The Elder Scrolls V: Skyrim Review
The Elder Scrolls name exudes a sense of nostalgia and rich tradition. Arena and Daggerfall brought niche RPG gameplay into the mainstream spotlight, while Morrowind redefined open-world gaming on both PC and console. The Elder Scrolls series has enraptured millions of gamers the world over, and Bethesda’s spotless history in crafting an irresponsibly deep and compelling experience cannot be denied. As an Xbox 360 launch title, The Elder Scrolls IV: Oblivion set the stage for a surge of open-world adventures and Western RPGs on next-gen platforms. Five years later, The Elder Scrolls V: Skyrim is finally here. Ever since Skyrim made its public debut at the 2010 VGAs, anticipation for this sandbox adventure has been climbing higher and higher. How could any game possibly make do on thousands of promises and expectations, set by both the studio and its legions of fans? Ladies and gentlemen, breathe easy. Skyrim offers rich and rewarding gameplay, a beautifully intricate world, and an alarming amount of content. Bethesda’s latest carries the Elder Scrolls torch proudly and cements itself as one of this generation’s finest achievements.
Unfortunately, any further heights are held just out of reach by a disturbing lack of technical polish.
In true Elder Scrolls fashion, Skyrim is a first- or third-person RPG set in the fictional land of Tamriel. In a land that’s positively brimming with classic fantasy tropes, sword and sorcery clash as you forge your own path. Do you want to become a powerful warrior and gain a reputation among the kings and nobles for your honor and courage? Have at it. Would you rather spend your days bent over a blacksmith’s forge crafting weapons and armor to make a living, or dedicate yourself to studying the arcane arts in northern isolation? Knock yourself out. There are a million-and-one ways to play Skyrim and, as with every Elder Scrolls game, no one can tell you how. The adventures you embark upon, the actions you take, and the choices you make are the foundations upon which the series is built, and Skyrim (like its forebears) offers a massive world full of opportunities for these elements to take shape. You’ll wield magic of all varieties, carry swords and shields into battle, sneak through caves and homes, and pick off your enemies with bows from afar. You’ll do battle with rats and ancient mechanical guardians, complete quests for a host of factions, and find excitement and danger around every corner you dare to turn. If you care to, you may also embark on the game’s main story, which builds upon the events of both Morrowind and Oblivion.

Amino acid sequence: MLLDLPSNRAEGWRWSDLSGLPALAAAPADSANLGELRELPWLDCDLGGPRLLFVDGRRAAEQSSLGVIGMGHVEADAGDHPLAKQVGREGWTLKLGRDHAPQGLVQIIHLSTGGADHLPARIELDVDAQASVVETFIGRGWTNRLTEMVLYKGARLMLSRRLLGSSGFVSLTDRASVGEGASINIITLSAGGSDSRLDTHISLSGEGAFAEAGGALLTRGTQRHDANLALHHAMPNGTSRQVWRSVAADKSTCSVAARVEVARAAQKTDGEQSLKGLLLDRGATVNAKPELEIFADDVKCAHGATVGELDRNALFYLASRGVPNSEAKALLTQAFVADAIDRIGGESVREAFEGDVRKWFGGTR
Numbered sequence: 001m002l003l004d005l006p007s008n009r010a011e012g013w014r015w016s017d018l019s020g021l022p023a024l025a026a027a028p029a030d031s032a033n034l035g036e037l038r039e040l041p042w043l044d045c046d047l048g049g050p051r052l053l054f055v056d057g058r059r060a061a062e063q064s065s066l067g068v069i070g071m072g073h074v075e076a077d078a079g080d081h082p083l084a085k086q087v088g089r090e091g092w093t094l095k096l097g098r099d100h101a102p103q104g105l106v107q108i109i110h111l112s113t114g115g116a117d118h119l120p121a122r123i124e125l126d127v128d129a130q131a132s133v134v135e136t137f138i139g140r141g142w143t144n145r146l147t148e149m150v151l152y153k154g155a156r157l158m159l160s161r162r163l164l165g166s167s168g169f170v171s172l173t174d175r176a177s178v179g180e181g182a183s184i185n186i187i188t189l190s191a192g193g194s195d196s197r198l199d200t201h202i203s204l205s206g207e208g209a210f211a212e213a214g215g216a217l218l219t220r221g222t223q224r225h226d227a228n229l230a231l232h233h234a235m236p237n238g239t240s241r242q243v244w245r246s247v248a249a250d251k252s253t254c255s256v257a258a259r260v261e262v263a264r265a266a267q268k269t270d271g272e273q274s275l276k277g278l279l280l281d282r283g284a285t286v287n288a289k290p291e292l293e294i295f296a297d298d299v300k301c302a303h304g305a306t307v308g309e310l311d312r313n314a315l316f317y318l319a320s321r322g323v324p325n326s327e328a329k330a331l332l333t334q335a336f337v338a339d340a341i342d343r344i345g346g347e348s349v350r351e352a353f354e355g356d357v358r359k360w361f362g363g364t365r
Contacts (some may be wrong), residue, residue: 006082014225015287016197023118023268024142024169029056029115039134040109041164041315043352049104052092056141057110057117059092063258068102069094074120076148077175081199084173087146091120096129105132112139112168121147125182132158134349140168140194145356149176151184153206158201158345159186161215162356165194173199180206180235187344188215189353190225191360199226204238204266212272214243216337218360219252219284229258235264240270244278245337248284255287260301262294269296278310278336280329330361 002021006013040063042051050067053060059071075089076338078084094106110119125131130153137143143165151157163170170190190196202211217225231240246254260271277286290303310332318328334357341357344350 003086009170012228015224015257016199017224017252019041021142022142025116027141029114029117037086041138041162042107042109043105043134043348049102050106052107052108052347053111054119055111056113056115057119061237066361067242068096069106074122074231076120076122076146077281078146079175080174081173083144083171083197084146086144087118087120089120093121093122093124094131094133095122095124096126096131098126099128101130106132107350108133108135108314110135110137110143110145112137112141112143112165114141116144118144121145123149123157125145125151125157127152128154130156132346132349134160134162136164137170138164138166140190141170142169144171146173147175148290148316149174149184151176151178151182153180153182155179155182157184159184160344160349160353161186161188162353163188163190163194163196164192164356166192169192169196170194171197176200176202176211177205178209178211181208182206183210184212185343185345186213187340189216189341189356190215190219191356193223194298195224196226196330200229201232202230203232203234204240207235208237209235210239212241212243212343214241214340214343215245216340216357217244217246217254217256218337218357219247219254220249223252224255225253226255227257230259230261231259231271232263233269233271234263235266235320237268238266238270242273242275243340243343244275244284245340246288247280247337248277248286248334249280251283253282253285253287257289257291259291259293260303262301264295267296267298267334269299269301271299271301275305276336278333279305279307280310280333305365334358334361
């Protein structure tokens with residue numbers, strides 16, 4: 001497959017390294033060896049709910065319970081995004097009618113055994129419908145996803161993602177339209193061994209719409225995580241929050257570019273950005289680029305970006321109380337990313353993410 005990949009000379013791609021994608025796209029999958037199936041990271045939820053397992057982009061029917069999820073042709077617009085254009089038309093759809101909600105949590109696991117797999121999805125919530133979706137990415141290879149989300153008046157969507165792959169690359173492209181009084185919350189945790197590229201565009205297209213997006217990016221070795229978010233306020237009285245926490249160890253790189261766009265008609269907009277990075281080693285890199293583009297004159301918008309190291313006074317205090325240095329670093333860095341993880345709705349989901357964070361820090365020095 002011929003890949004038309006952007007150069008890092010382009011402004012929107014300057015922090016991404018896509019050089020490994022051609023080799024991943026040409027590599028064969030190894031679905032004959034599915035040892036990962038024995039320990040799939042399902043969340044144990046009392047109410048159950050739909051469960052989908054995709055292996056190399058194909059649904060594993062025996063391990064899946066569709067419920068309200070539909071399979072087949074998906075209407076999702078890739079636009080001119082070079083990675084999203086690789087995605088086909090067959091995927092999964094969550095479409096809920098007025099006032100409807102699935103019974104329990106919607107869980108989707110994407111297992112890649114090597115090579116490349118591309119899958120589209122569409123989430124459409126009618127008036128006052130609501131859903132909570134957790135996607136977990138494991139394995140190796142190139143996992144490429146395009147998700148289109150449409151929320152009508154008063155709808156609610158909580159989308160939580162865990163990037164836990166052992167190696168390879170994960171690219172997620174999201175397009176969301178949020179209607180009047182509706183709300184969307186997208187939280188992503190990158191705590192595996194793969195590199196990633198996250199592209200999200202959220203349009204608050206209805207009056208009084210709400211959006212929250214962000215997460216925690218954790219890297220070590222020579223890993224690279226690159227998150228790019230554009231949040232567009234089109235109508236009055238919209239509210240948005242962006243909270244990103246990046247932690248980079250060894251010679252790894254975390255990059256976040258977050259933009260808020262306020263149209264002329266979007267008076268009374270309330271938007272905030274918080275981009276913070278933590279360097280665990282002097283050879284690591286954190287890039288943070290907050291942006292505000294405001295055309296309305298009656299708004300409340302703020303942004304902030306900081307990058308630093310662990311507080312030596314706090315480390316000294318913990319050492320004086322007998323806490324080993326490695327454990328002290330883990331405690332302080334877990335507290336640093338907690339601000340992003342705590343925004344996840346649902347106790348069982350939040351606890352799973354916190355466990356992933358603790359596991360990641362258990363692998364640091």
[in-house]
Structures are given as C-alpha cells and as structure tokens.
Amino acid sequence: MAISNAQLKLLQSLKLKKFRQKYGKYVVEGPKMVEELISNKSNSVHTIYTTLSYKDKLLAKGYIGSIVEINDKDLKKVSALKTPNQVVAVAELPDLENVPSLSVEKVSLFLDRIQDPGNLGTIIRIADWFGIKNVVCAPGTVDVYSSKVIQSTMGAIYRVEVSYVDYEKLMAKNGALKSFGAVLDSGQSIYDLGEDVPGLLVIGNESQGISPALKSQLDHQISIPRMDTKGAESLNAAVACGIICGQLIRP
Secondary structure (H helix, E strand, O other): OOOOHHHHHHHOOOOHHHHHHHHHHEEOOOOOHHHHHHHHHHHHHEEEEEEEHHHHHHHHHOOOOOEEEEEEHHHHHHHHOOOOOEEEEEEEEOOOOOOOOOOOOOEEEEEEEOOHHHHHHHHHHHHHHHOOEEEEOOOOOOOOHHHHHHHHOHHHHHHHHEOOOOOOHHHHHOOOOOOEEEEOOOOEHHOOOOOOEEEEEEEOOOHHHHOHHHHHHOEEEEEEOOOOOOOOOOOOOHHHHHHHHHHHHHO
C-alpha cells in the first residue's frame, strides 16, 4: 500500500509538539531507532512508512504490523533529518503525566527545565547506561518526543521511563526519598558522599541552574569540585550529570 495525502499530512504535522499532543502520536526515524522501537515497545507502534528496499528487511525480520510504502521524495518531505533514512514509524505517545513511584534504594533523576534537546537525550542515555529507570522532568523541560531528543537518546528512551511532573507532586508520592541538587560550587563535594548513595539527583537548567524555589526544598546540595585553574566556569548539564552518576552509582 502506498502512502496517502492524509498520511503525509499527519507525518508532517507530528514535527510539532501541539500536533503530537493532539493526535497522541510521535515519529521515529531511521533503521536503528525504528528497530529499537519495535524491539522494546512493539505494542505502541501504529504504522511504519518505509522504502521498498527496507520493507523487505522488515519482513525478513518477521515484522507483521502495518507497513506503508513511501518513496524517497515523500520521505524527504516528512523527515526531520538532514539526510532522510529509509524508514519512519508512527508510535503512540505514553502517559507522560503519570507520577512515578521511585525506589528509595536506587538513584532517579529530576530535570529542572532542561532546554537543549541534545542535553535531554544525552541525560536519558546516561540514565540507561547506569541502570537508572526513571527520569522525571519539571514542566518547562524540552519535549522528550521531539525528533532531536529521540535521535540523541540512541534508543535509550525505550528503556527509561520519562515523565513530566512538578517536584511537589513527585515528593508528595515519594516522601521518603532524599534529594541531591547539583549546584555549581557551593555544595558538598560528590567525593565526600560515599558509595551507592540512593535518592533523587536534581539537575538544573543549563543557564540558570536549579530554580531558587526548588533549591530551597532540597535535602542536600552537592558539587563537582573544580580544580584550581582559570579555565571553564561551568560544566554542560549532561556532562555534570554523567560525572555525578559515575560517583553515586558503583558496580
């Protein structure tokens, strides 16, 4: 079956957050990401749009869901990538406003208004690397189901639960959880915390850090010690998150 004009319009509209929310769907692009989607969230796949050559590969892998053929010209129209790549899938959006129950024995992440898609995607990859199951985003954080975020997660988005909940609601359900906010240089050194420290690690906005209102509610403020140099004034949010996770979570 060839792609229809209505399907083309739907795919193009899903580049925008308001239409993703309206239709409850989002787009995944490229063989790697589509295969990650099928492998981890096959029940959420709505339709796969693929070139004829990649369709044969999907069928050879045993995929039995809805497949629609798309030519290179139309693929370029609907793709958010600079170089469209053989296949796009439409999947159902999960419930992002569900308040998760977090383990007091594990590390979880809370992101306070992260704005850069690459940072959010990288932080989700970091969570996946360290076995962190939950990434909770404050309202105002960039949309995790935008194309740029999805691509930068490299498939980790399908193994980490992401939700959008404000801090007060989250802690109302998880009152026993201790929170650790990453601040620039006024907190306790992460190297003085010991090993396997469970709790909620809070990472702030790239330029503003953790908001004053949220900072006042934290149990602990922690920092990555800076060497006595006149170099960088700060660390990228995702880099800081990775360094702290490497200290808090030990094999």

Two hundred years after the defeat of Mehrunes Dagon at the hands of Martin Septim and the player, the continent of Tamriel is in turmoil. The eruption of Red Mountain in Morrowind has forced the Dark Elves to free their homeland. The Great War, brought on by the religious fanaticism and conquering passion of the Aldmeri Dominion, has ravaged Cyrodiil and its neighbors and left the Imperial Empire a shade of its former glory. Racial tension and the fuel of war are at an all-time high in the snowy northern province of Skyrim, as proud Nords fight to rid their homeland of the “traitorous” Imperial forces. As you – a nameless prisoner – are led to your execution, the feeling of hostility and distrust in the air is palpable. Before you’re able to plead your case, a rift opens in the sky, and the mythical dragons of legend are suddenly very, very real.
Shortly after Skyrim’s invasion begins, you realize that you have the power to absorb the souls of dragons. With souls in your possession, you can master the ancient dragon language and express it in a Thu’um, or Shout. That you can speak the language without any formal training is significant; it means you are Dovahkiin and, as the Elder Scrolls foretell, the only one who can save Skyrim from Alduin the World Eater. Skyrim is Bethesda’s most ambitious attempt at storytelling to date, and it shows. In this world, there is no conversation that occurs without purpose, no event that does not tie this epic tale of salvation together, no lore-stone left unturned. Before long, you’ll find yourself swept up in fulfilling your destiny and bringing peace to Tamriel. Of course, only the most naive adventurer would pretend that the game’s main quest is the only attraction, or even the most appealing. Almost all of the game’s quests (and certainly all of the faction storylines) are tied to the history of the world and interwoven in such a way that adds both excitement and emotional weight to your journey. Not every quest hits it out of the park and offers an incredible experience you won’t soon forget, but many do. Better still, every quest feels worthwhile in the context of this world and its mythology–a testament to just how cohesive and well realized Skyrim feels.
As soon as you are set loose in the world, you’re free to walk in whatever direction you wish and set off upon the grand quest of doing–well, whatever the hell you want. It’s this moment that defines the Elder Scrolls experience for many, and Skyrim doesn’t disappoint. After being treated with a story-heavy opening sequence that hides a tutorial in a heart-pounding escape, you’re asked to follow one of two potential allies to the next destination in the game’s main story. Needless to say, you don’t have to. I followed my new companion (a member of the Stormcloak rebellion) briefly before breaking off to hunt the first deer I saw. What happened next was three hours of adventuring and exploring that spanned numerous caves, a couple bandit camps, and a waterfall. I never caught that deer, but that single catalytic moment of deciding to give chase blossomed into a personal journey that ended only when I began nodding off in the wee hours of the morning.